Biff bang boom, it’s Burl! Ha ha, I’m here to review another picture for you – a particularly garish picture, all blood reds and aquarium blue! It’s a picture from the famed Scandinavian stylist Nicolas Winding Refn, who brought us Drive and Bronson and Pusher and other single-word productions, most of them pretty violent! Only God Forgives is no exception!
Ha ha, I expected it would be violent, but it was even more so than I’d thought! It’s right up there with The Mutilator and other Special Makeup Effects productions like that! It seems there’s a family of American drug dealers who’ve set up shop in the neon section of Bangkok, using a boxing club as their cover! There’s Billy, the oldest brother, Julian, the taciturn younger brother, and Mom, who holds her cigarettes like she’s watched too many Joan Crawford pictures!
The story begins when Billy, who is apparently crazy, murdering a teenage girl! An unprepossessing policeman, Chang, allows the girl’s father to take his delight in Billy, which in this case means clubbing the young psycho to a pulp with a table leg! Then Chang metes out a little more rough justice on the father, who was also his daughter’s pimpsman! And then comes Mom’s retribution for her son’s death, after which further bloody events take place! Ha ha, it’s Chang who retains the upper hand and commits most of the mayhem!
At one point, Julian, whom we assume to be a real punch-artist, challenges droopy-dog Chang to a fight! Well, ha ha, the young roundeyes lands not a single blow, and the elderly Thai puts such a punching on Julian, ha ha, such a punching! Chang then doles out more of his signature punishment (some of it quite welcome!), and by the time he’s done, there aren’t many characters left, and those who remain are short a limb or two!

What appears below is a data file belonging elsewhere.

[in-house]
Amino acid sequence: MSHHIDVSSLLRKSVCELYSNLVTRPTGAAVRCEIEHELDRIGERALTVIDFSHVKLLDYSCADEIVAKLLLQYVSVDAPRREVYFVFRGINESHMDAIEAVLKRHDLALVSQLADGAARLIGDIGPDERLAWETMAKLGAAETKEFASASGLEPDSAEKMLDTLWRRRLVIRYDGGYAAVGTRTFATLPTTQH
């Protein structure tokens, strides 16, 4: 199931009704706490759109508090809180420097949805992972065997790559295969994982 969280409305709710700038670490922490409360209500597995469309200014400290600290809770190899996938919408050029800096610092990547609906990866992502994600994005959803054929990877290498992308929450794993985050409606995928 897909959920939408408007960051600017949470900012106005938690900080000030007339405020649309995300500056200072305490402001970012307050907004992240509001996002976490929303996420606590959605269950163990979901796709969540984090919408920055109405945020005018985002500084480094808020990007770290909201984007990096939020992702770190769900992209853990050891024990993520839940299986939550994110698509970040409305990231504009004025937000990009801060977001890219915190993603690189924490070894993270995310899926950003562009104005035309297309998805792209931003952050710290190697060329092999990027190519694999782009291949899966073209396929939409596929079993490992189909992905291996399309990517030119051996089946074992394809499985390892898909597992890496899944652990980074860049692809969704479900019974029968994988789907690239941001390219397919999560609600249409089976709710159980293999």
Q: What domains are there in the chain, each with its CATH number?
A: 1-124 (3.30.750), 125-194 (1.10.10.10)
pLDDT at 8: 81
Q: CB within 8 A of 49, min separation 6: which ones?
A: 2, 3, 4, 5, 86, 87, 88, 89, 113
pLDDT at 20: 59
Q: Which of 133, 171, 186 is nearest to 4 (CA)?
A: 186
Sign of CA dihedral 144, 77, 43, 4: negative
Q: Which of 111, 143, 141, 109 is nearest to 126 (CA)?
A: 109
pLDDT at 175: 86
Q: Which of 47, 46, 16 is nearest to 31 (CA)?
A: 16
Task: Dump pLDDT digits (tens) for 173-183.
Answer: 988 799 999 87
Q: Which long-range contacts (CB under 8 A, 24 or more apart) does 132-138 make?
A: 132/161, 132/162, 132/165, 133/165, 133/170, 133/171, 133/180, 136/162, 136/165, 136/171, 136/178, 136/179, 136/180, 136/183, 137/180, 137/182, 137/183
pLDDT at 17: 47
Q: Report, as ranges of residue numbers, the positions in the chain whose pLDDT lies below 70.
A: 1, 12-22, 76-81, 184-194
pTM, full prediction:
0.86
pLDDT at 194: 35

All of this is enacted with a rather hilarious air of self-seriousness, but also a great deal of pictorial beauty! There was not much ol’ Burl could hang his hat on as far as emotional engagement went, which was clearly by design! Ryan Gosling, who plays Julian, could have stirred embers with his facial expressions, and he speaks hardly a word through the whole picture!
It’s a gaudy, sleazy, nasty and frequently gorgeous world the young Refn has created, but one with about the half-life of good latte art! It’s pure and unashamed genre pulp, which is what I liked about it, but it was missing the energy one associates with the form, and that I didn’t like so much! And the puffery was a bit too much! It almost fits into that category in which I place movies like Enter the Void and Holy Motors, a category I call Ha Ha, How The Heck Did This Ever Get Made??? But it’s rather a thin broth compared to those, so I’m going to give Only God Forgives two and a half horrible pokings!

Wednesday 27 November 2013

Burl reviews The Gorgon! (1964)

Oh ho and by garr, it’s Burl again! Yes, I’ve got another Hammer picture for you today! It’s The Gorgon, which is one of their better efforts in ol’ Burl’s opinion, and which in many ways, not least its green-skinned female antagonist, greatly resembles The Reptile! Ha ha, in fact, the particularly intelligent screenplay was written by The Reptile’s director, John Gilling! He didn’t direct The Gorgon, though – Terence Fisher did, natch!
Instead of a small Cornish village, we have here a small Central European village! It’s dominated by a sinister castle which no one dares approach, because over the last half-decade, a number of people have been found dead! And not just dead either, ha ha, but completely turned to stone!
There are a lot of characters involved, and almost every review I’ve read, even Phil Hardy’s venerable Aurum Encyclopedia of Film: Horror, gets the details wrong! I’ll try to get it straight for you here: it seems a young bohemian by the name of Bruno is romancing a lady in the little village of Vandorf! But soon enough both Bruno and his beloved have met fateful ends – the young lady calcified and Bruno left hanging from a tree! Well, Professor Heitz, Bruno’s father, is soon in the village, protesting that his son, upon whom the blame for all the murders is being placed, is just a convenient scapegoat! But soon Professor Heitz too is hard as a rock!